Tanks have come to be a defining symbol of warfare in the 20th and 21st Century, and they have taken many forms over the years. During the Second World War, these power armored vehicles were an integral part of the Allied armies around the world. Of course, there were some remarkable variations and innovations in the tanks’ designs over the years, and one in particular stands out.
When the Second World War broke out between Nazi Germany and Great Britain, the countries of the British Commonwealth felt obliged to join and aid their mother-country. Countries like Canada, Australia, Southern Rhodesia, South Africa and the Dominion of New Zealand were all for defending Great Britain against Hitler and his formidable military might.
Their hearts were at the right place, but their military capacities were somewhat limited in 1939. Most of the countries adopted British and American technology such as tanks and small arms and began to either produce them under license or import them and put them into service.
At the very beginning of the war, there were some attempts to build indigenous weaponry, especially armored vehicles. The Australians had the Sentinel, the Canadians had the Ram tank, and the Kiwis made the Bob Semple tank.
Named after the wartime Minister of Public Works, Bob Semple, it was more of an improvised fighting vehicle, than a tank, as it was considered a reserve option in case of a Japanese invasion. Japan had posed the greatest threat to New Zealand. Their aggressive expansion conquered China and was well into Dutch East Indies (present-day Indonesia) by the early 1940s.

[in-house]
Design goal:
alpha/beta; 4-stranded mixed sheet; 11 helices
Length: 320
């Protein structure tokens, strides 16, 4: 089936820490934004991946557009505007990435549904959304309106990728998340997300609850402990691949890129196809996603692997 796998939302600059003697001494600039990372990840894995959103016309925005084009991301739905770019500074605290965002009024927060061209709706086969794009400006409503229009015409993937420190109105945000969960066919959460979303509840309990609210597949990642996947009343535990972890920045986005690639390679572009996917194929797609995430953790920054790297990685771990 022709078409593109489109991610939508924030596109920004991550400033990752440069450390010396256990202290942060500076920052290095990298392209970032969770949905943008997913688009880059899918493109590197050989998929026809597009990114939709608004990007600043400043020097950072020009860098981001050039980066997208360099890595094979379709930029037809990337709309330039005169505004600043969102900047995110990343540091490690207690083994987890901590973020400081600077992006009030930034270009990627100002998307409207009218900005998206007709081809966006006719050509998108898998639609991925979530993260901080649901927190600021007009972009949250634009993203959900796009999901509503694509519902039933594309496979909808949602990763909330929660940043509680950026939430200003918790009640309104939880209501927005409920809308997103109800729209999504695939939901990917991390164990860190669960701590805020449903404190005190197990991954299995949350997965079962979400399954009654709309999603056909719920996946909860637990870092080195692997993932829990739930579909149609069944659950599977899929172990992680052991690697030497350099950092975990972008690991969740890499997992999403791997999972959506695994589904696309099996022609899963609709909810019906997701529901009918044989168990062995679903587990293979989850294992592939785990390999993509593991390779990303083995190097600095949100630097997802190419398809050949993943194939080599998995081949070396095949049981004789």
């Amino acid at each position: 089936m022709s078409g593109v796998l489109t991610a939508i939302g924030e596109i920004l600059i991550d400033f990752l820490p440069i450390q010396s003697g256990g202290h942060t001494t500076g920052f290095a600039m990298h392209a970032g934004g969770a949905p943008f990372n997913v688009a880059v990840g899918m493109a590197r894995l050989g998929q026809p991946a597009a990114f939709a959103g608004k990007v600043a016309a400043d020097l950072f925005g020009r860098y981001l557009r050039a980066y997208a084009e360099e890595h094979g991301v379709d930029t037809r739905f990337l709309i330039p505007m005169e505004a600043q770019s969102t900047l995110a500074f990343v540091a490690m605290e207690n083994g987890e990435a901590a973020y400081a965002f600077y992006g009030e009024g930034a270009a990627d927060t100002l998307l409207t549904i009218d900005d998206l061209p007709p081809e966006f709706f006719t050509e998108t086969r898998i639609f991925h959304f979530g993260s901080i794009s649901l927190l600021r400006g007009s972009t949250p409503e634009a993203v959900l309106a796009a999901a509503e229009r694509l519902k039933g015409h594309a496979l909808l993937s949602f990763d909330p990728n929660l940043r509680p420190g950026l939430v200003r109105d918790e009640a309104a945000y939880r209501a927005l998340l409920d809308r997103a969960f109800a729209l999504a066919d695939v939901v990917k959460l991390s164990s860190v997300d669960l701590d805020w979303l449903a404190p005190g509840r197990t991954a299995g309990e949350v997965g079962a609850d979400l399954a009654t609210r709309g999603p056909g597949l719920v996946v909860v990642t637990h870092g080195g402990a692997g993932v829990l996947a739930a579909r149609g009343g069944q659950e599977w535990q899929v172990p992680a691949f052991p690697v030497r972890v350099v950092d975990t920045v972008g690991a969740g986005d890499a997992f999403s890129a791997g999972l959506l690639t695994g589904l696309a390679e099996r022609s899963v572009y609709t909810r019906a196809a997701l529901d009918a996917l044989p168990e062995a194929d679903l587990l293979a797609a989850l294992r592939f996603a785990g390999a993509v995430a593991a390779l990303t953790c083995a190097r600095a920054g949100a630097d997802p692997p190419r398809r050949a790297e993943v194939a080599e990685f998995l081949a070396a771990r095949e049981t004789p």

After the Fall of France in 1940, the British Army lost a significant number of tanks, so they had to postpone the shipment of armored vehicles to New Zealand, to replenish their losses. Caught in a tight spot, the New Zealand Government gave Bob Semple the green light to transform tractors into tanks.
He did so, but worked without any real blueprints. In fact, the only plan he had was an American postcard which depicted the process of turning a tractor into a tank, but without any substantial specifications. Semple simply added a superstructure made from corrugated iron on tractor tracks and hoped for the best.
Similar designs were suggested to countries like China and Afghanistan, for they also had to start from scratch to produce armored fighting vehicles. During the Siege of Odessa in 1941, on the Eastern Front, factory workers within the besieged town built 69 tractor tanks in an attempt to break the siege.
An eight-member crew manned the Bob Semple Tank. Its main armament consisted of six Bren light machine-guns positioned on each side, intended to provide a 360-degree cover. Its six-cylinder diesel engine was capable of reaching speeds of 24 kilometers per hour which was good considering its weight of more than 25 tons.
The intention was to produce quantities of the superstructures to be dispersed across New Zealand. Then they could be fitted on tractors in the case of an emergency or a full-scale Japanese invasion.
Due to their lack of experience and knowledge the tank had numerous flaws. A lack of resources made the tank a functional failure. It was hefty, overcrowded, inadequately armed and unstable. One of the crew was supposed to lie on a mattress while shooting his Bren gun, as there was not enough room for him to stand or sit.
Another serious flaw was the fact the tank needed to stop to change gear. The tractor was simply not a substitute for a tank. When presented, the Bob Semple tank received nothing but public ridicule. The plan was never put into effect, and the Japanese fortunately never invaded New Zealand.